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Franken calls for funding to fight opioid epidemic

U.S. Sen. Al Franken is pushing for significant new federal investments to beat back the opioid crisis, a full-blown epidemic that steals more than 140 American lives each day.

Although President Trump has declared the epidemic a public health emergency, the federal government — much to the dismay of state, local, and community officials who face the crisis head on each and every day — has not allocated new funding to the fight. In response, Franken is pushing the federal government and Congress to step up to the plate.

That's why Franken is helping introduce new legislation, the Combating the Opioid Epidemic Act, to invest $45 billion into American communities that want to improve their prevention, treatment, recovery, and monitoring efforts. This step would help put our local communities on stronger footing to respond to the epidemic.

"When I travel around Minnesota, I hear from community after community that families are being ripped apart by opioid addiction," said Sen. Franken, a member of the Senate Health Committee. "Deadly overdoses continue to steal our mothers and daughters, fathers and sons, loved ones, and friends. This epidemic cuts across all demographics and populations, and affects people in every corner of the country. While I'm glad that the Trump administration has acknowledged the magnitude of this crisis by declaring it a public health emergency, we badly need additional resources to address the epidemic. I want to see us make significant new investments in opioid prevention, treatment, recovery, and monitoring—all things that the legislation I helped introduce would do. This crisis is destroying Minnesota communities, and it demands a serious response."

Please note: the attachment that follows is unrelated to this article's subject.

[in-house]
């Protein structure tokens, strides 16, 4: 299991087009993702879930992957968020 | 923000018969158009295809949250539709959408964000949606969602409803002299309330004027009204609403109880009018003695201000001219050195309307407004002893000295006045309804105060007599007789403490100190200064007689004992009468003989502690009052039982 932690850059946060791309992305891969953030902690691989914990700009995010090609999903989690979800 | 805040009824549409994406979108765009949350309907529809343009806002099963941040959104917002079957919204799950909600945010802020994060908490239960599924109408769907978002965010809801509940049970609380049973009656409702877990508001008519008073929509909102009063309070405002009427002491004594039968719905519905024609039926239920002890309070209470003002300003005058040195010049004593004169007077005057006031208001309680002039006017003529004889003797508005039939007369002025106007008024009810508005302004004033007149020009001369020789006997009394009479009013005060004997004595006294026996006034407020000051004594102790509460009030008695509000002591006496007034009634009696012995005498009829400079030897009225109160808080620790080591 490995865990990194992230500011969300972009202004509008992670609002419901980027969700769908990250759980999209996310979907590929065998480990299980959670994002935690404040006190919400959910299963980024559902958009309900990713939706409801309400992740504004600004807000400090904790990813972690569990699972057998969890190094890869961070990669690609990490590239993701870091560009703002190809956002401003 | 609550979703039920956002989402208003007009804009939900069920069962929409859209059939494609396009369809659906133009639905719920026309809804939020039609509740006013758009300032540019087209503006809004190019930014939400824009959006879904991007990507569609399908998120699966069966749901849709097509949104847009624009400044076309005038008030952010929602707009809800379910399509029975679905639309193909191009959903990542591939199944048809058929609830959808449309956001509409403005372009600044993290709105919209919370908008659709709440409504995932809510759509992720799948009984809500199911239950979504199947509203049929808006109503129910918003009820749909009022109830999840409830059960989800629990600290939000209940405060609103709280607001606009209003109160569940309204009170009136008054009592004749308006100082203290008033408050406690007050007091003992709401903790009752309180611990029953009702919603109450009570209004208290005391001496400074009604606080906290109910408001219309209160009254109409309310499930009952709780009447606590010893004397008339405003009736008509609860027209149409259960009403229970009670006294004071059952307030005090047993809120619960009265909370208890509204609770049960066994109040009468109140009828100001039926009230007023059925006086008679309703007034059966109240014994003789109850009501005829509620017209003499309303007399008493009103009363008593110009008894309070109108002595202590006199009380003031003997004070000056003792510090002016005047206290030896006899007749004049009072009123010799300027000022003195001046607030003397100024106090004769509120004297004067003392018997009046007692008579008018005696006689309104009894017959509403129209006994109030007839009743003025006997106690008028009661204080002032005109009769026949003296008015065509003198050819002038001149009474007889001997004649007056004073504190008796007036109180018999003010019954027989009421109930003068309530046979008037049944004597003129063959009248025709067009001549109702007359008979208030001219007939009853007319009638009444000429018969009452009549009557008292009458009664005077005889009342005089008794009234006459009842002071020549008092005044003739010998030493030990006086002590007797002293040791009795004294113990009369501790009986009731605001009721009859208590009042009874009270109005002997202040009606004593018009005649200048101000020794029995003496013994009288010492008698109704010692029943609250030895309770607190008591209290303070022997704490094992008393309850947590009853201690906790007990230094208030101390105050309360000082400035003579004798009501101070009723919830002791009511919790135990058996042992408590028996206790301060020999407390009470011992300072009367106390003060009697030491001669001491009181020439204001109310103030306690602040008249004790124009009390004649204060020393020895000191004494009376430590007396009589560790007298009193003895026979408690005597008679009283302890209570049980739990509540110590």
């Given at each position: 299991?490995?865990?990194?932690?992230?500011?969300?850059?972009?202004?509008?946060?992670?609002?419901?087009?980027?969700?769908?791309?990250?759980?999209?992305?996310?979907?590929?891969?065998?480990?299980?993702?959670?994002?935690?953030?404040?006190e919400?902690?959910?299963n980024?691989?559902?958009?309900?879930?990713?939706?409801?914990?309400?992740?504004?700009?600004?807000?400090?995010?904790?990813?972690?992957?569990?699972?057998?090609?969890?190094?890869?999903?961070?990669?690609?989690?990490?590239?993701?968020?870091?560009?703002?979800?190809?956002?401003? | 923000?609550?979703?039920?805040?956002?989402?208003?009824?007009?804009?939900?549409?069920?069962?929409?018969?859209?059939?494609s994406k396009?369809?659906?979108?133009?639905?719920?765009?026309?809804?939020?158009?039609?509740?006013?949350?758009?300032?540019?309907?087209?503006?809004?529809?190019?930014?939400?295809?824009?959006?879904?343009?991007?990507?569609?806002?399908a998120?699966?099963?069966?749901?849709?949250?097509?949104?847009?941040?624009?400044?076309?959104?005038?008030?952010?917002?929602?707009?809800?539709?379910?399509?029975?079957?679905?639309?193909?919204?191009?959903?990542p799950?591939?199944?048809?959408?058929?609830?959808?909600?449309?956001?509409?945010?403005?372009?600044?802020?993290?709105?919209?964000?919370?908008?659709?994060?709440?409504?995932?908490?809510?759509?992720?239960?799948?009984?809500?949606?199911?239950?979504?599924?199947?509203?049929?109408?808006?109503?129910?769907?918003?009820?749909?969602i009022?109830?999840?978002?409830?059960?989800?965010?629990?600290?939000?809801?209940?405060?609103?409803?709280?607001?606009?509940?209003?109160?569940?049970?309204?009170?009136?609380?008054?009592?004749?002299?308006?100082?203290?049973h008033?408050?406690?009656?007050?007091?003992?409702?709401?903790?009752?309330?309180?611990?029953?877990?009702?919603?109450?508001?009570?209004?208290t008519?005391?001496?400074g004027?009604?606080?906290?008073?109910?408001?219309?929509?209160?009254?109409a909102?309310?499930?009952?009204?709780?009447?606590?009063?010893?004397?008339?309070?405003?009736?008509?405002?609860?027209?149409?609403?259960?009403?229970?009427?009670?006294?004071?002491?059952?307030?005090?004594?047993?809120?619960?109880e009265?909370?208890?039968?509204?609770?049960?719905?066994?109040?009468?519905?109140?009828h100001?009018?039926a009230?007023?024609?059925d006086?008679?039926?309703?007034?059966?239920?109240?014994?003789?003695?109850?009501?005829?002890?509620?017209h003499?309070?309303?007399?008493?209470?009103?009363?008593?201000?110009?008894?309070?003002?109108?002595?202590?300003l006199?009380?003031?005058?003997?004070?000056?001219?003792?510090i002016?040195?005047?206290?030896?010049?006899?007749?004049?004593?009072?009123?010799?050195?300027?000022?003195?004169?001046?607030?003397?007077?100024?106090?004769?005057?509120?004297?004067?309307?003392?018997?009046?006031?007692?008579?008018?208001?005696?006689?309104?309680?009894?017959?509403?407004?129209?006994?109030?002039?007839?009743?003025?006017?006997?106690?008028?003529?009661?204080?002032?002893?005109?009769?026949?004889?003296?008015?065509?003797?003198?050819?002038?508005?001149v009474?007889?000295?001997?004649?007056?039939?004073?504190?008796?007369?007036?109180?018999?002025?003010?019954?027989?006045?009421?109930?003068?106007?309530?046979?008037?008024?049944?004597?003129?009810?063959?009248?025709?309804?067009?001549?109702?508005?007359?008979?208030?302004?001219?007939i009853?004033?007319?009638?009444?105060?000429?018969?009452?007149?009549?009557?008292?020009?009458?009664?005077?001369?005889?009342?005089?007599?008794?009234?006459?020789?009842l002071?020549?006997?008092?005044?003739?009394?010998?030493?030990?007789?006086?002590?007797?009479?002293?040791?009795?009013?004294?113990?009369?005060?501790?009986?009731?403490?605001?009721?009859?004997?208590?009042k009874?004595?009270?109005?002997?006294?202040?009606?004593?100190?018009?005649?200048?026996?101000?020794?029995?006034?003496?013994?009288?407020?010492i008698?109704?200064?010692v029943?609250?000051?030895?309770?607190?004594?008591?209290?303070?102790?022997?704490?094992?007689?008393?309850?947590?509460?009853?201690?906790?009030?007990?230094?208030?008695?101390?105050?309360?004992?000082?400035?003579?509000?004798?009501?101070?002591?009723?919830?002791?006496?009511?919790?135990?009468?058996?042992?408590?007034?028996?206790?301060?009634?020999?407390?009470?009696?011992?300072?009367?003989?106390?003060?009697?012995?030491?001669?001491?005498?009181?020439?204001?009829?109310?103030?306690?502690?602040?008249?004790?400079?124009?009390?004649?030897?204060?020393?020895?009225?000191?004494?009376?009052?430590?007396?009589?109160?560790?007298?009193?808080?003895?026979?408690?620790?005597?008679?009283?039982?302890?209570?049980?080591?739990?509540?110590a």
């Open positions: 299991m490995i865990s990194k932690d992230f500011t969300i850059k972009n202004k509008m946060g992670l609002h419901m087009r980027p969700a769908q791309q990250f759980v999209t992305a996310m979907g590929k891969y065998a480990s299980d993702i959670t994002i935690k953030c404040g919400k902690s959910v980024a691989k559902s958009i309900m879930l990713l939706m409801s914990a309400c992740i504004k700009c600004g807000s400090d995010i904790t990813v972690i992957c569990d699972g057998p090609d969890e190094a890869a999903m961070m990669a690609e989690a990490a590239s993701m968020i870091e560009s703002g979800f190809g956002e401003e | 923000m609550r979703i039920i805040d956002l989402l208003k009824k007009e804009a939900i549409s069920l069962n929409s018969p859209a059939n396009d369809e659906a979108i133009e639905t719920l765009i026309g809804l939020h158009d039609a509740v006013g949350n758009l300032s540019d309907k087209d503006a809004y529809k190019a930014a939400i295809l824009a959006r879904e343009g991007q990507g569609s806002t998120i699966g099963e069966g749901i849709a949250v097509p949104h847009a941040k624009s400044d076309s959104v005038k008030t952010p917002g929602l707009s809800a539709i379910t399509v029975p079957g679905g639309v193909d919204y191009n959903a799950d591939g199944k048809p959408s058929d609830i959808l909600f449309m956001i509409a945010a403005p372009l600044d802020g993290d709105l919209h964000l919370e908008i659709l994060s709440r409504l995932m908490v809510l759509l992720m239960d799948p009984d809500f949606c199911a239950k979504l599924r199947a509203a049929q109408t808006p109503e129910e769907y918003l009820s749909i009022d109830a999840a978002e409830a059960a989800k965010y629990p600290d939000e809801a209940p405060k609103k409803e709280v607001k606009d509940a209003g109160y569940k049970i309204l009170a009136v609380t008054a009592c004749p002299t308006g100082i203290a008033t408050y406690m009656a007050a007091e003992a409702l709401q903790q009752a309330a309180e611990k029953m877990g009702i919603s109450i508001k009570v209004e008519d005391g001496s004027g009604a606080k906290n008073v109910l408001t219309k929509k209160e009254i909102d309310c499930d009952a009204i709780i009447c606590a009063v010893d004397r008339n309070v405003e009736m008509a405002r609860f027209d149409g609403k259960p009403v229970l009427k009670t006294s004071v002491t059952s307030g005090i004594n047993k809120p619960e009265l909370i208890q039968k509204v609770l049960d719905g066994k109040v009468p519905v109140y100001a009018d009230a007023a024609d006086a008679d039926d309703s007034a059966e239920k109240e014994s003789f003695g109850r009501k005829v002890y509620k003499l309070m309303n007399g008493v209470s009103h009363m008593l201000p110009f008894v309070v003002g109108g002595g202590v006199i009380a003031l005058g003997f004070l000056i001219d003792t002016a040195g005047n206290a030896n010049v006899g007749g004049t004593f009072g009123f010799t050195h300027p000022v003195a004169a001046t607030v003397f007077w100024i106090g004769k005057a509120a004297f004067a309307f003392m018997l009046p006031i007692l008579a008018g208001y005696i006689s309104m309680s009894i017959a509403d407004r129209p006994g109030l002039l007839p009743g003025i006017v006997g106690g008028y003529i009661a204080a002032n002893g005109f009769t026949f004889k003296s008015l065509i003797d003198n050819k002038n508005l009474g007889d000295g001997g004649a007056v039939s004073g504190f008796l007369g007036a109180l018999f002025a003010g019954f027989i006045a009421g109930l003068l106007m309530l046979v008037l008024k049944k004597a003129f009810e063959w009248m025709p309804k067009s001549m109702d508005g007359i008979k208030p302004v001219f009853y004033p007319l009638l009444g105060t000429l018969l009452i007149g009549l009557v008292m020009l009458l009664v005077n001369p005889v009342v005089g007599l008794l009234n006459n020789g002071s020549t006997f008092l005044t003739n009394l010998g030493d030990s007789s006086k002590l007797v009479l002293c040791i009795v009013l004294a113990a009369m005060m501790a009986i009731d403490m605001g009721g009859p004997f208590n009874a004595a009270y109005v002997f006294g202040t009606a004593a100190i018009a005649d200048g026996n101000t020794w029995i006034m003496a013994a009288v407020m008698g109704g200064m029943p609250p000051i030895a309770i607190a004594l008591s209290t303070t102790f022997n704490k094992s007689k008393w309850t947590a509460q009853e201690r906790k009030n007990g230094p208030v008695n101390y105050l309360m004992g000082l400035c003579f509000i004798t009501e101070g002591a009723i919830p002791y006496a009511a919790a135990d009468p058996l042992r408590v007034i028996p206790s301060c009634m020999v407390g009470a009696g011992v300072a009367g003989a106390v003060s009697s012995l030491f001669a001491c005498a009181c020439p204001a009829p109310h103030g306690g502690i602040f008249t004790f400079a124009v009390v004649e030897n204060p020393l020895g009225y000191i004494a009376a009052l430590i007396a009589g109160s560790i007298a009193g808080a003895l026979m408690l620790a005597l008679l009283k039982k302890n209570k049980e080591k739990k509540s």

The Combating the Opioid Epidemic Act would:

- Authorize and appropriate $4.5 billion for substance abuse programs for the individual states for each of fiscal years 2018 through 2027.

- Build upon bipartisanship by adding this funding to the Account for the State Response to the Opioid Abuse Crisis, which was created by the 21st Century Cures Act. The 21st Century Cures Act passed the Senate with 94 votes.

Expand the use of funding already allowed under 21st Century Cures, so that states may also use this money for detection, surveillance and treatment of co-occurring infections, as well as for surveillance, data collection, and reporting on the number of opioid overdose deaths.

- Promote research on addiction and pain related to substance abuse, and authorizes and appropriates $50,400,000 for each of fiscal years 2018 through 2022. Under the bill, the National Institutes of Health would be responsible for distributing this money.

- Provide stable, long-term funding, a total of $45 billion over ten years to the states and over five years to research efforts. This is similar to the stable, long-term investment that Senate Republicans proposed as a response to the opioid emergency.

- Not replace coverage for treatment under Medicaid or the treatment requirements for private insurance in the Affordable Care Act. Both of these remain critical for combating the opioid abuse epidemic.